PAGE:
Terps, Horns meet for Sweet 16 bid

Texas hopes it is moving back up in national esteem. Maryland knows it is moving on from the ACC. And one of the two will be moving into the Sweet 16 on Tuesday.

The matchup between the fourth-seeded Terrapins and No. 5 seed Longhorns could be one of the highlights among Tuesday night's NCAA tournament second-round games (continued coverage begins on ESPN2, ESPNU and ESPN3 at 7 p.m. ET). Maryland has a definite edge because the Terps are playing on their home court.

But Texas' speed, height and defense could challenge Maryland. The Longhorns finished tied for third in the Big 12 this year at 11-7 with Oklahoma State. The Cowgirls did on Monday what the Horns will try to do Tuesday: win as a No. 5 seed on the No. 4 seed's home court.

Oklahoma State did that to Purdue. Few would argue, though, with the point that the Terps (25-6) are a stronger 4-seed than the Boilermakers were. Purdue ended its season 22-9.

Maryland is led by All-American senior Alyssa Thomas, who has been one of the all-time ACC greats but has experienced some crushing NCAA losses the past two years. In 2012, Notre Dame throttled the Terps in a regional final 80-49. Last season, Maryland went out in the Sweet 16 against eventual national champion UConn, and wasn't very competitive in the 76-50 loss.

This season, eight ACC teams made the NCAA field, and three remain. League champion Notre Dame, an undefeated No. 1 seed, is already in the Sweet 16 and will be hosting a regional.

North Carolina, the No. 4 seed in the Stanford regional, is lucky to still be in the tournament after escaping UT Martin in the first round. The Tar Heels will have their hands full trying to win their second-round game against No. 5 seed Michigan State on Tuesday (ESPN2, 7 p.m. ET).

The rest of the ACC is done, including No. 2 seed Duke, which was upset by No. 7 DePaul on Monday.

Maryland beat Duke in the 2006 national championship game, and that year was a showcase for the ACC women with three teams -- UNC was the other -- in the Final Four.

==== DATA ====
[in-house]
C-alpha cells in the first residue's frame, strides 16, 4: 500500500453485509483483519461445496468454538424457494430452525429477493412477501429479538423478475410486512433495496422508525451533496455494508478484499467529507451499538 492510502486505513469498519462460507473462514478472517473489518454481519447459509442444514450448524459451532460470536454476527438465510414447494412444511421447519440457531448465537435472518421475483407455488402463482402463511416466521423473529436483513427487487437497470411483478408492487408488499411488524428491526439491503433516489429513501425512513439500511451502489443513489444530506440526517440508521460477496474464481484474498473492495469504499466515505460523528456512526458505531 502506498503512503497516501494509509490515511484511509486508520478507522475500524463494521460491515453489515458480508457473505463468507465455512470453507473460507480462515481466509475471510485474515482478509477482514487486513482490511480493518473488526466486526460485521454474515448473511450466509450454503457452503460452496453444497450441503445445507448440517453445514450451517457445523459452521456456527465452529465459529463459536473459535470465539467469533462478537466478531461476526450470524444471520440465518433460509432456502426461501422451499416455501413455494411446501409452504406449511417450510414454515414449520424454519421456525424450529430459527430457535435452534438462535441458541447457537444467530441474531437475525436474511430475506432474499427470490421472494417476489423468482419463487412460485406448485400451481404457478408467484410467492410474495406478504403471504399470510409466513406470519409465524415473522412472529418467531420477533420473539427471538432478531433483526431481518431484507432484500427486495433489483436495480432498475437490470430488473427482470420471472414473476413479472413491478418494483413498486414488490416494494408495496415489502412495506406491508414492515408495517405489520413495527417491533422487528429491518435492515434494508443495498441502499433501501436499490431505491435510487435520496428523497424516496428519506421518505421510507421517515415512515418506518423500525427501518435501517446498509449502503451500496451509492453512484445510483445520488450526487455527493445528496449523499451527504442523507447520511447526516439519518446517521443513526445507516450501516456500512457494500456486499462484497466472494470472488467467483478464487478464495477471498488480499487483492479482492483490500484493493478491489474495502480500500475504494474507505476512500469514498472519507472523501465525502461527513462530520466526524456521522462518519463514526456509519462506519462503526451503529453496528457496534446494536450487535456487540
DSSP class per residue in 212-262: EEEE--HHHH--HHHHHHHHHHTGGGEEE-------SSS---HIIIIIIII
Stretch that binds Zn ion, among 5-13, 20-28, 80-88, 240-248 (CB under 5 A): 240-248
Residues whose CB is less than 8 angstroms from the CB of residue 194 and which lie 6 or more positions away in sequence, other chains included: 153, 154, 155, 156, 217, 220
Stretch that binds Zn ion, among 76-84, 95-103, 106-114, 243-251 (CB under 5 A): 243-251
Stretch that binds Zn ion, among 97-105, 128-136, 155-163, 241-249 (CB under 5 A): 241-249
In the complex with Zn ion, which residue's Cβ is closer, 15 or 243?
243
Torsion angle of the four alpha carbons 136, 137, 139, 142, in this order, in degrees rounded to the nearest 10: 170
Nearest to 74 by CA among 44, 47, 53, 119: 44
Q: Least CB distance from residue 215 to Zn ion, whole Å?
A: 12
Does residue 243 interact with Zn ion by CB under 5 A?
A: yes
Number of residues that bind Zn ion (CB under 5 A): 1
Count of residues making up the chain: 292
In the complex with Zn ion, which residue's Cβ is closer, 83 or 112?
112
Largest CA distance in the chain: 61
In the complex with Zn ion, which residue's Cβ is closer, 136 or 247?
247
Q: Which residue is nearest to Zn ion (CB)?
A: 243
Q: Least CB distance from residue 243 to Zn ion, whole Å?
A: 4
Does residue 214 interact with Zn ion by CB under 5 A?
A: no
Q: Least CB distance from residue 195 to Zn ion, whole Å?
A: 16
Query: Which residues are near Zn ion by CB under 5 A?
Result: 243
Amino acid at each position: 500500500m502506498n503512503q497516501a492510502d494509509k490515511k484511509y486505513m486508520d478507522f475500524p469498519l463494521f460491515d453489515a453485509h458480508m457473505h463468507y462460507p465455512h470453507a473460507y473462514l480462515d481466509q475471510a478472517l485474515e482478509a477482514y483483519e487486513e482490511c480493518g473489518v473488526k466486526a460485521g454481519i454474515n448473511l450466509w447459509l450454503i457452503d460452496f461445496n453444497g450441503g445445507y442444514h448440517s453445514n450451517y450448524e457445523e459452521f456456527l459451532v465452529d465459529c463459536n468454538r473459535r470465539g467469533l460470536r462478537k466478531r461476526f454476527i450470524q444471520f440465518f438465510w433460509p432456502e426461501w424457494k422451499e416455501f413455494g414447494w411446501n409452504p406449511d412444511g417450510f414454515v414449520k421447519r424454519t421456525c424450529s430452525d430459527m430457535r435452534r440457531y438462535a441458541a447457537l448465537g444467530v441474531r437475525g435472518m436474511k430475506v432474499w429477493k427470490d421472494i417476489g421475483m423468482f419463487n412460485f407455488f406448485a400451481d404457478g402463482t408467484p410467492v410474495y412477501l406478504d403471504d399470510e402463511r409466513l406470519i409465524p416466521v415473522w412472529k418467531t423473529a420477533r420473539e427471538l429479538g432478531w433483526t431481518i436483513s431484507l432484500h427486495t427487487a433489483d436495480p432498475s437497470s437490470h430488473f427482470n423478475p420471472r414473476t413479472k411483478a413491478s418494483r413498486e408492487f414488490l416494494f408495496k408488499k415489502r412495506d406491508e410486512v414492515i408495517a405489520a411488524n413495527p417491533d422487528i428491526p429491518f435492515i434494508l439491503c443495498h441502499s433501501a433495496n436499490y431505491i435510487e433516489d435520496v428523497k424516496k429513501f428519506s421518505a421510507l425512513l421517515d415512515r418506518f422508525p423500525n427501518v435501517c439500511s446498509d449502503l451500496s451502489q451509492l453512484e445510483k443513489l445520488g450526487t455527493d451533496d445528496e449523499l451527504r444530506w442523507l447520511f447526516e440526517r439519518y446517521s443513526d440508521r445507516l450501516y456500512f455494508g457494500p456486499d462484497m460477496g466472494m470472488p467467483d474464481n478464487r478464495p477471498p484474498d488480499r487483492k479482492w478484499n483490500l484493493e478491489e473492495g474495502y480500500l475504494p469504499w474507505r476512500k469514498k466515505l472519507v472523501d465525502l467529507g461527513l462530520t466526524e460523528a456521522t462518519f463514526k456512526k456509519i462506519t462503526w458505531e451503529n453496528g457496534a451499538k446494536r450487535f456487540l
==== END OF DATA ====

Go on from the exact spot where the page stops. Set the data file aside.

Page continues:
However, starting in the 2014-15 season, Maryland will move to the Big Ten, a league that hasn't had a Women's Final Four participant since Michigan State's 2005 appearance.

The Terps haven't exactly been treated like personae non gratae by the ACC office this season ... but not that far from it. At this point, though, Maryland is still an ACC school carrying that league's banner.

After going 12-18 last season, Texas missed the NCAA tournament for the first time since 2007. The Longhorns made the NCAA field all five seasons Gail Goestenkors coached there -- 2008-12 -- but never advanced past the second round.

Karen Aston's Longhorns are back in the Big Dance in 2014 and should be one of the top teams in the Big 12 next season. This year's tournament could be a great chance to build momentum for Texas' future. But do the Longhorns really have the talent this year to challenge Maryland tonight?

On paper, yes. Texas doesn't have one dazzling player who is the caliber of Maryland's Thomas. But the Horns have strong post play -- led by starters Nneka Enemkpali and Imani McGee-Stafford -- that could hamper Thomas getting to the basket. Senior guard Chassidy Fussell leads the Texas perimeter.

The Big 12 already has two teams in the Sweet 16, and both are in the Notre Dame region: No. 2 seed Baylor and fifth-seeded Oklahoma State. Two more can join the Sweet 16 in the Louisville Regional with wins Tuesday: Texas and No. 2 seed West Virginia. The Mountaineers will have to beat No. 7 seed LSU -- which made the Sweet 16 last season -- on the Lady Tigers' home court.

The team that was upset at LSU last year -- Penn State -- is one of three Big Ten teams in action Tuesday after a brutal Monday that saw the league lose conference tournament champion and regional host Nebraska. The Lady Lions meet No. 11 seed Florida, which could be a challenge for Penn State even though the game is in State College, Pa.

Iowa, a No. 6 seed, is also at home and will face third-seeded Louisville at Carver-Hawkeye Arena. The Cardinals will get the chance to play in a regional on their home court if they win tonight.

And, as mentioned earlier, Michigan State will try to finish what UT Martin started: topping the freshmen-led Tar Heels.

There might not be any games Tuesday that produce results that could bust brackets the way two of Monday's games did, with No. 12 seed BYU over fourth-seeded Nebraska and DePaul over Duke.

But there are at least some potential giant-slayers out there Tuesday. We mentioned Florida earlier. There's also No. 11 seed James Madison, which meets No. 3 seed Texas A&M. The Aggies are the 2011 NCAA champion and are playing on their home court, but JMU has been very scrappy.

On a neutral court in Seattle, No. 1 seed South Carolina, which looked a bit nervous in its opening win over Cal State Northridge, must take on No. 8 seed Oregon State, a team that has nothing to lose and made a run to the Pac-12 tournament title game earlier this month.

The giant that almost certainly will not be toppled? No surprise: That's undefeated UConn, playing on its home court against No. 9 Saint Joseph's.